Stacy said she laid in bed for another five or six hours after returning to her body, which were spent reflecting on the lessons she had learned from iboga. When she was able to walk again (Ibogaine makes it nearly impossible to walk), she came out to her living room where her husband was sleeping on the couch. She woke him up.

“I cried like I had never cried before,” she said. “They were tears of joy, but there was so much sorrow for all of the time I’ve wasted on drugs and the people I’ve affected because of them.”

Stacy has not touched drugs for more than four months now. She said her experience with Ibogaine not only freed her from addiction, but also led her to quit smoking (without cravings), to eat healthier and to spend more time with her children and husband.

“If I even think about using, I just remember what my life used to be like and I remember the gift and second chance I was given by this plant,” Stacy said. “I wrote the word ‘remember’ on a piece of paper and put it on my mirror. It’s to not only remember what life was like as an addict, but to remember the experience I had on Ibogaine.”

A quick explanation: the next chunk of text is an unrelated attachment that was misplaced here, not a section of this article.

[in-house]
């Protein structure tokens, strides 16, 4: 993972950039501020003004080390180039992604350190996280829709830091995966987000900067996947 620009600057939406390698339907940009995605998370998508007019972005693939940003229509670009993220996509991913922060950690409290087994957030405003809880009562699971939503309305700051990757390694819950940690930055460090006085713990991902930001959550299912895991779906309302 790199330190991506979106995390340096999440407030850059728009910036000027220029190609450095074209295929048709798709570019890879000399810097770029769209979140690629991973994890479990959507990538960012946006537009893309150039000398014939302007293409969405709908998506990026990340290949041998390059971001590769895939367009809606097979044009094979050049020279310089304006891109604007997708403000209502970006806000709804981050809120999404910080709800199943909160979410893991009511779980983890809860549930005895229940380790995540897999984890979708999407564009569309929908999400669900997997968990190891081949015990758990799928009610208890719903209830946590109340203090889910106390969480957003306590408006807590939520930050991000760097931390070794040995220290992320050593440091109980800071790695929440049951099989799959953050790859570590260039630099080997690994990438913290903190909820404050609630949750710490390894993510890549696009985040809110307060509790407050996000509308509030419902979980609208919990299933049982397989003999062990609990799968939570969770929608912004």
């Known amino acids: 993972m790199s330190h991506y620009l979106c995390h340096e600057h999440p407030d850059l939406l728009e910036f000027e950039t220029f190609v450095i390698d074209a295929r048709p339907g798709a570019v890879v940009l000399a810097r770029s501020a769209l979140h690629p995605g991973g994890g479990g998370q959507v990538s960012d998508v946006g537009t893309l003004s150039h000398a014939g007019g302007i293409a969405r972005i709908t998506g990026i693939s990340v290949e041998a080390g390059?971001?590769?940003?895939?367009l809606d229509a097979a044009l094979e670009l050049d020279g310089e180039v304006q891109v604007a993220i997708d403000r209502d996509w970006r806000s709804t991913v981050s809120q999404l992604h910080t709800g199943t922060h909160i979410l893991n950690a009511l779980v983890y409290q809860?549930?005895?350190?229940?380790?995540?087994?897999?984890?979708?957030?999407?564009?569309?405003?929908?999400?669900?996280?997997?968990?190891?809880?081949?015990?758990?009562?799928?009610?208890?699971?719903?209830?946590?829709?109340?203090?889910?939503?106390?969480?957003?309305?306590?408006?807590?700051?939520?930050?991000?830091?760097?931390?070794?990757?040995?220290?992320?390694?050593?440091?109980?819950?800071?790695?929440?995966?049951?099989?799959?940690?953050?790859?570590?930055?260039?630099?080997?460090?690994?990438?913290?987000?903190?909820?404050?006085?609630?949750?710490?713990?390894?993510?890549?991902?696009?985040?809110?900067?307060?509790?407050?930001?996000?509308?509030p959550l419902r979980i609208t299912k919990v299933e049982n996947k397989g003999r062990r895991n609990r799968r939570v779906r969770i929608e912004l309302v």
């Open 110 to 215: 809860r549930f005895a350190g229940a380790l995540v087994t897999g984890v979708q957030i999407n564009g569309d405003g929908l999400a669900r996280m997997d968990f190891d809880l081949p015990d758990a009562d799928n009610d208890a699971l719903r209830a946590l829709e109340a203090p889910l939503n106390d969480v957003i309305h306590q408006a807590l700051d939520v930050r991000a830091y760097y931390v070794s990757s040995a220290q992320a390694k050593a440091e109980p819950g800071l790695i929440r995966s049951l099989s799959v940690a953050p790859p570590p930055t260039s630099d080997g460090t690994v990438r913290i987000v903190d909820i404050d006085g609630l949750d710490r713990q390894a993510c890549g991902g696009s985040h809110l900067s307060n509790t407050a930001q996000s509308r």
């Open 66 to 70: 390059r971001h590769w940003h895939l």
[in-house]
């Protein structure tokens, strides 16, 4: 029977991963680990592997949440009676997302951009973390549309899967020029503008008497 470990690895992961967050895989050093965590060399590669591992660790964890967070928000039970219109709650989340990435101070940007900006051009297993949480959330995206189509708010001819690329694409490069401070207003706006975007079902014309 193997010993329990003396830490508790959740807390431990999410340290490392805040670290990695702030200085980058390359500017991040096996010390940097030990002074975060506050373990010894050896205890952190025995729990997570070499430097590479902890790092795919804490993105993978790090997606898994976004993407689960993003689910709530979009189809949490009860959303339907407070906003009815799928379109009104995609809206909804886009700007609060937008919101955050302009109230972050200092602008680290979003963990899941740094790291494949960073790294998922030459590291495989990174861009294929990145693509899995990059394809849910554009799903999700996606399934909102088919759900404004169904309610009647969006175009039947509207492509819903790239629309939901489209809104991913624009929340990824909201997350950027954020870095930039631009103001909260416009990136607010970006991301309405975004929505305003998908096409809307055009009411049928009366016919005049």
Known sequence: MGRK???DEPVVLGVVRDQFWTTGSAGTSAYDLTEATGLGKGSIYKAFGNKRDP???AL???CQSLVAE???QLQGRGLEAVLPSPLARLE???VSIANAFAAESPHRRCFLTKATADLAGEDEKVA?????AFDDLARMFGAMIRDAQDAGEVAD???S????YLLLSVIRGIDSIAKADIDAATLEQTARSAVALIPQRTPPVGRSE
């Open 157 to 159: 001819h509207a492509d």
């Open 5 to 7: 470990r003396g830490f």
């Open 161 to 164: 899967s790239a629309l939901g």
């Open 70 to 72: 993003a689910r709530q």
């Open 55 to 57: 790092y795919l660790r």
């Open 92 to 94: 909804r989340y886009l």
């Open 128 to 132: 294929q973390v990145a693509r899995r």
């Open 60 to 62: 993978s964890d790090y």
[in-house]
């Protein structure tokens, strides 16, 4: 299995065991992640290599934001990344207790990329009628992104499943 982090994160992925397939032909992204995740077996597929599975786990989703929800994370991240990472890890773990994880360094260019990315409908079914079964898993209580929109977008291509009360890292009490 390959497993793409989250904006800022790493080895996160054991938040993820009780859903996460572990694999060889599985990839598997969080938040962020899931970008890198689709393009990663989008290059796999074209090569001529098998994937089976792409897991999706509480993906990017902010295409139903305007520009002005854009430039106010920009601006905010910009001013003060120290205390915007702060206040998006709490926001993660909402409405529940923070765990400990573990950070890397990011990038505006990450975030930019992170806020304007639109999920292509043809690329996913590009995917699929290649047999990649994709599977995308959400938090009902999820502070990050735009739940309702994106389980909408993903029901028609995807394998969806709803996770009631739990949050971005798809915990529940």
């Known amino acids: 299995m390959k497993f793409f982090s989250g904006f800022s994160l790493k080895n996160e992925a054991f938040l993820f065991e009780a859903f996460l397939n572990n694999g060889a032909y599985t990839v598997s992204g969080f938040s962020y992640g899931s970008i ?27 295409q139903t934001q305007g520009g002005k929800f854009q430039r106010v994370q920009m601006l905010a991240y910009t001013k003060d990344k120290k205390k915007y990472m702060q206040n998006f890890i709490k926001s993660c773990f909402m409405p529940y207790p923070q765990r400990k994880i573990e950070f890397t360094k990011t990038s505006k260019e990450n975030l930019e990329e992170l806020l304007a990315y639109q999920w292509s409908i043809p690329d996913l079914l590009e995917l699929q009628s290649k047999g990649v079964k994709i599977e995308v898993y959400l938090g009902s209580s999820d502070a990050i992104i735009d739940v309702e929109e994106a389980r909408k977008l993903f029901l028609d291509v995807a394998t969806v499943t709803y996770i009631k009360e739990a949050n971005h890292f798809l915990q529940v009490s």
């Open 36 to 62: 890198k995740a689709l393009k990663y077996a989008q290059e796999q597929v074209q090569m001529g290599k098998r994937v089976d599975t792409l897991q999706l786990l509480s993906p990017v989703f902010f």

The Dangers of Ibogaine

Michelle – from Iboga World – said the demand for Ibogaine is increasing around the world. Taking Ibogaine, however, is not for everyone, and in fact can be deadly if not used properly. Michelle said anyone considering treatment with Ibogaine should first make sure their heart and liver – and overall health – is in good condition and that there is no history of epilepsy.

“It is best to have a checkup by your doctor before doing the treatment,” Michelle said. “The treatment can last up to 36 hours, but the first 10-15 hours are the most important ones. The treatment is very intense and tiring. Some people lose up to 10 pounds, due to sweating, and also the appetite being suppressed.”

Michelle said the days following the treatment are when the body and mind are recovering.

“For some people, it can last even longer until they feel completely 100 percent again,” she said. “I’m not saying they will not be able to go back to work, they will. It’s just that they will still feel tired many times, or have some insomnia. But it is important to note that a proper iboga treatment has no long-term negative side effects.”
Part of Michelle’s job is to help people find the correct dosage of Ibogaine for treatment and to guide them through the process via email correspondence, which includes consulting users to take a test dose of Ibogaine prior to the full treatment – known as a “flood.”

“The test dose lets your body know what it’s about to ingest and test for allergic reactions. It is really important for people to have the correct dosage in order to have a successful treatment,” she said. The dose typically comes out to about one gram per 100 pounds of weight.